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What Is WD-40 Made Of? History, Ingredients & Uses

WD-40 close up

WD-40 is a well-known cleaner and lubricant brand. Over the years, it has justifiably become a household name, but how well-versed are you in its creation story, ingredients, and uses? The formula is still kept a well-guarded secret in San Diego, California. The firm, however, admits that the product comprises 50% mineral spirits and the other 50% a proprietary blend of additional lubricants and anti-corrosion chemicals. Keeping reading as we’ll be looking at all this and more!

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The Birth of WD-40

hand holding a can of WD-40
Photo Credit By: Safarov Nariman, Shutterstock

According to the manufacturer, WD-40 means “Water Displacement 40th”. In 1953, Norman Larsen was trying to create a formula that would stop rusting by displacing water. Fortunately, his perseverance paid off when he succeeded in perfecting the WD-40 formula on the 40th attempt.

A few years later, Larsen founded the Rocket Chemical Company with the help of some colleagues to manufacture WD-40 before he found out that it had many household uses. Later, plans to repackage WD-40 into aerosol cans were set in motion, and before long, the product was rolling to many homes.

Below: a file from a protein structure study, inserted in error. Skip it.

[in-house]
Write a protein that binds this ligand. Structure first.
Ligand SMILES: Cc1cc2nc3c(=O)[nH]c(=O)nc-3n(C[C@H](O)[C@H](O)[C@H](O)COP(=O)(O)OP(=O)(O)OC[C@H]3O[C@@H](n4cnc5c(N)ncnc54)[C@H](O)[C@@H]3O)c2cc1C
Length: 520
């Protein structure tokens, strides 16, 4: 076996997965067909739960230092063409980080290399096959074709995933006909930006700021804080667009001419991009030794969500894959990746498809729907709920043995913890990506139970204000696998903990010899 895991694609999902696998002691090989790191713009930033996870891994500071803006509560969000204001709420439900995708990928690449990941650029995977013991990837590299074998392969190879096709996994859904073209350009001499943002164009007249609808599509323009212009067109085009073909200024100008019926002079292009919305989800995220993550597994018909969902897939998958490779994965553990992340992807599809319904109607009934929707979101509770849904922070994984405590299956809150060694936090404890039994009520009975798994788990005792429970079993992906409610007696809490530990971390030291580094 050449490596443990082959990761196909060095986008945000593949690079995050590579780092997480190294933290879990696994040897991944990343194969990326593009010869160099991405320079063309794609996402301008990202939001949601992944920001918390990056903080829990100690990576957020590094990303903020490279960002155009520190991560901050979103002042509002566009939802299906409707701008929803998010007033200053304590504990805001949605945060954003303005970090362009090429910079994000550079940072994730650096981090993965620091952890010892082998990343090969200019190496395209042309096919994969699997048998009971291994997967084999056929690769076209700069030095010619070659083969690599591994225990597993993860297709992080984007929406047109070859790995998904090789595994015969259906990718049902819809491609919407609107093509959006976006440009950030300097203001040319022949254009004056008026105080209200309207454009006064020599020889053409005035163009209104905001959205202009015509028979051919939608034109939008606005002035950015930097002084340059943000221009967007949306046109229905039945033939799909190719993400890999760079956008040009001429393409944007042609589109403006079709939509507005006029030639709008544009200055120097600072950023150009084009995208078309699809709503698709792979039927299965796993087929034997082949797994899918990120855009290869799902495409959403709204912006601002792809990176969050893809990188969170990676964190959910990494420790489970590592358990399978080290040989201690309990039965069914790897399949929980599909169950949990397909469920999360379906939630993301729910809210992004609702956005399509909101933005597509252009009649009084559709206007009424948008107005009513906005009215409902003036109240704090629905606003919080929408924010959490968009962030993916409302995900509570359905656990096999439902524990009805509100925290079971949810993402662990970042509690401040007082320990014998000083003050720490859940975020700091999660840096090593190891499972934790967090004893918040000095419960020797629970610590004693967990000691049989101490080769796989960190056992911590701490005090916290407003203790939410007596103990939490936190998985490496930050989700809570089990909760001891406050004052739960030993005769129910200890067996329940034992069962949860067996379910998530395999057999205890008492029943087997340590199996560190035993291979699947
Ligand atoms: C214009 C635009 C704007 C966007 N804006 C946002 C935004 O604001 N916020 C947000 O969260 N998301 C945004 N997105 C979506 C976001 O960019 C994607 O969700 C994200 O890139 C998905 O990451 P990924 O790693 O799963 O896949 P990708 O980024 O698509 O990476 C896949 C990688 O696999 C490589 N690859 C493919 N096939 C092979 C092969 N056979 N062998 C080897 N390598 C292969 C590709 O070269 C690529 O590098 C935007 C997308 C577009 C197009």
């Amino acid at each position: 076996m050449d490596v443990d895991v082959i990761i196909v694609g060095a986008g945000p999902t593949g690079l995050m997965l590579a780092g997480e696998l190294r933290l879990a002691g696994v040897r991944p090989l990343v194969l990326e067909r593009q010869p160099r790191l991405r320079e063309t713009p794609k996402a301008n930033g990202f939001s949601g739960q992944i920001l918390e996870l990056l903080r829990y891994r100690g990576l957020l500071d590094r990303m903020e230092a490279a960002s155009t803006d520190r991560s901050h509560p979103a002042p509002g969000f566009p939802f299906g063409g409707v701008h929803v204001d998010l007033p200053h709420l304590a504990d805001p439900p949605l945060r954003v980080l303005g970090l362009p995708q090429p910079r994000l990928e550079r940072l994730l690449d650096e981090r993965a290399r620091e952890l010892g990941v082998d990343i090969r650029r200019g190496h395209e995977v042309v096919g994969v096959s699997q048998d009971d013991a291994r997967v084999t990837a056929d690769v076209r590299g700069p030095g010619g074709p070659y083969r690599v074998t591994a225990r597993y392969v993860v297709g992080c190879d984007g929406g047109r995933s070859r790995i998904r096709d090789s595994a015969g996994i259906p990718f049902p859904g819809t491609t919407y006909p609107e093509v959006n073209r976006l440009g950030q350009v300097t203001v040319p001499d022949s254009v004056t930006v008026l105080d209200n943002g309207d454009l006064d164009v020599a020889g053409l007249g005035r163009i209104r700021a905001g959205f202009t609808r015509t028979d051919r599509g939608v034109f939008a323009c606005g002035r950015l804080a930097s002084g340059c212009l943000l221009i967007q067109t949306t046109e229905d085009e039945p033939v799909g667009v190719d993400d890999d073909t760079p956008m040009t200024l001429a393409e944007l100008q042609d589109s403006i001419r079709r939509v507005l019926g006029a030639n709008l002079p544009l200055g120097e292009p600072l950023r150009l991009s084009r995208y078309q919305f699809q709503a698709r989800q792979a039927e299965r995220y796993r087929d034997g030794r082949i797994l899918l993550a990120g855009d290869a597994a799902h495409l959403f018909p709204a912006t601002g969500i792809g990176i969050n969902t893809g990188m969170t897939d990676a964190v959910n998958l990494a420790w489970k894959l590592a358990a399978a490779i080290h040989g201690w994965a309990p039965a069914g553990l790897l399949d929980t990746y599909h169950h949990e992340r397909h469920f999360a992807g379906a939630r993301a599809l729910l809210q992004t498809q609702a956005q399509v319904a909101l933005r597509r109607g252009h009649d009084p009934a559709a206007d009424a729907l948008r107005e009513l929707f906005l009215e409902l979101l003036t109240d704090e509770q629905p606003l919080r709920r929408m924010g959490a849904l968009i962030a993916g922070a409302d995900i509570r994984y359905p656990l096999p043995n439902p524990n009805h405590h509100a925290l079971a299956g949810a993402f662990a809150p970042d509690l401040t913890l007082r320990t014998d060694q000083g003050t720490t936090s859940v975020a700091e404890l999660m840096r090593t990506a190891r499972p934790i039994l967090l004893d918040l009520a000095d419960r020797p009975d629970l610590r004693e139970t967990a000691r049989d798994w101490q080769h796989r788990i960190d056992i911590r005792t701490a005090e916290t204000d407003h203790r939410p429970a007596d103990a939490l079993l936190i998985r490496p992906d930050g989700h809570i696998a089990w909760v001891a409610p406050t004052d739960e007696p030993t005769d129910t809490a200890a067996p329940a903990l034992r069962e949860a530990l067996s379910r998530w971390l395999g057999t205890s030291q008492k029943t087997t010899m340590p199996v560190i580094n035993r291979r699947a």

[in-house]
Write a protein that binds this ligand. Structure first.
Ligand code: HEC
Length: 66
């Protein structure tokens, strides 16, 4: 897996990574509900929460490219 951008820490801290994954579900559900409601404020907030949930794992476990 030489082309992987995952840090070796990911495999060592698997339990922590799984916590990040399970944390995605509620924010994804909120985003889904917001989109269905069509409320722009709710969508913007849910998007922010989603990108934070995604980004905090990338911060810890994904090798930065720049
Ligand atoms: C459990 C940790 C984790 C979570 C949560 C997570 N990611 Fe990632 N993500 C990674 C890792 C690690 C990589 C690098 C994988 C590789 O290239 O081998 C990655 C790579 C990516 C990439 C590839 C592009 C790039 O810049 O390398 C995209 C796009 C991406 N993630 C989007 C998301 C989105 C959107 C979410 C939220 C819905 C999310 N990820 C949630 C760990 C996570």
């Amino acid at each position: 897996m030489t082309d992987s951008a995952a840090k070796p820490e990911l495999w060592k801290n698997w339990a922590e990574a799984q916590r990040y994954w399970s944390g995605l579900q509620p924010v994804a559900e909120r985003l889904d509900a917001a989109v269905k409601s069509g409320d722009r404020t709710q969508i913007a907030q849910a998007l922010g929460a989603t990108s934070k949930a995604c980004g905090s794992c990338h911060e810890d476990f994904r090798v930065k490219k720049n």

In 1969, they renamed the Rocket Chemical Company after the product, WD-40, and publicized it in 1973.

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Ingredients in WD-40

The main ingredients in WD-40, according to the US Material Safety Data Sheet information, are as follows:

Aliphatic Hydrocarbons

Aliphatic hydrocarbons are basically alkanes, alkenes, and alkynes and account for 45 to 50% of WD-40. However, according to the manufacturer’s website, the current formulation ratio cannot be correctly defined.


Decane (C10H22), also a typical component of gasoline, aids in the stability of WD-40 at low temperatures. The freezing point of decane is about -21⁰F, which is the main reason WD-40 has a very low freezing point.


Nonane is a straight-chain alkane with nine carbon atoms. These molecules are useful in this situation because their hydrogen atoms lack a charge, which prevents them from connecting to the oxygen and hydrogen in water (H2O), making them water-repellant. After all, WD-40 was formulated to displace water.


Cyclohexane is an alicyclic hydrocarbon. The prefix Cyclo means it is in the form of a ring, unlike typical alkanes, which exist in chains. The cyclic shape gives these hydrocarbons a higher melting point.

Caution: Inhaling cyclohexane will knock you out. This is why you should not spray WD-40 near your mouth or airways.

person cleaning machine parts using WD-40
Photo Credit By: Aleksey Kurguzov, Shutterstock

Dimethyl Naphthalene

Dimethyl Naphthalene exists in 10 forms (also called isomers). One of these is a hormone released naturally by potatoes. Another is of immense benefit in high-performance engineering plastics. Unfortunately, we’re unable to identify the ones present here—most sources refer to them as “a mixture of isomers.”

Petroleum Base Oil

WD-40 is presumably a mixture of lubricating oil and non-hazardous heavy paraffin, which cumulatively accounts for less than 35% of the WD-40.